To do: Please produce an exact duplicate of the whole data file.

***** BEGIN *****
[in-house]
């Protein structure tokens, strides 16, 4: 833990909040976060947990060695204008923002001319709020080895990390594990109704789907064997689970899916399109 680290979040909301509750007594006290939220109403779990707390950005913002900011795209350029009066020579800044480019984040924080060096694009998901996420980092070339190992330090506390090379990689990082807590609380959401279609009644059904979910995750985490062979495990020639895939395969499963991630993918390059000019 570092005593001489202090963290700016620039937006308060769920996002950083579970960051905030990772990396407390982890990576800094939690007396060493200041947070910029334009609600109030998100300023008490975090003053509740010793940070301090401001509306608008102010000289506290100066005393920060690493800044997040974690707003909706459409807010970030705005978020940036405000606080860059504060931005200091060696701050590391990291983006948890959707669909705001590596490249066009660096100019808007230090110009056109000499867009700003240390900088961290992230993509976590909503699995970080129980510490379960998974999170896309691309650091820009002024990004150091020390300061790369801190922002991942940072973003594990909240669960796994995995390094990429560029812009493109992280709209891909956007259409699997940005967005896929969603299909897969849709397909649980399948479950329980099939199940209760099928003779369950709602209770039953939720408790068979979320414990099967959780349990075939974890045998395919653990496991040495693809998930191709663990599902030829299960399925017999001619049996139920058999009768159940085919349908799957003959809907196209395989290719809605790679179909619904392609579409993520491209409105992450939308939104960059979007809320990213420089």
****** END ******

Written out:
[in-house]
């Protein structure tokens, strides 16, 4: 833990909040976060947990060695204008923002001319709020080895990390594990109704789907064997689970899916399109 680290979040909301509750007594006290939220109403779990707390950005913002900011795209350029009066020579800044480019984040924080060096694009998901996420980092070339190992330090506390090379990689990082807590609380959401279609009644059904979910995750985490062979495990020639895939395969499963991630993918390059000019 570092005593001489202090963290700016620039937006308060769920996002950083579970960051905030990772990396407390982890990576800094939690007396060493200041947070910029334009609600109030998100300023008490975090003053509740010793940070301090401001509306608008102010000289506290100066005393920060690493800044997040974690707003909706459409807010970030705005978020940036405000606080860059504060931005200091060696701050590391990291983006948890959707669909705001590596490249066009660096100019808007230090110009056109000499867009700003240390900088961290992230993509976590909503699995970080129980510490379960998974999170896309691309650091820009002024990004150091020390300061790369801190922002991942940072973003594990909240669960796994995995390094990429560029812009493109992280709209891909956007259409699997940005967005896929969603299909897969849709397909649980399948479950329980099939199940209760099928003779369950709602209770039953939720408790068979979320414990099967959780349990075939974890045998395919653990496991040495693809998930191709663990599902030829299960399925017999001619049996139920058999009768159940085919349908799957003959809907196209395989290719809605790679179909619904392609579409993520491209409105992450939308939104960059979007809320990213420089």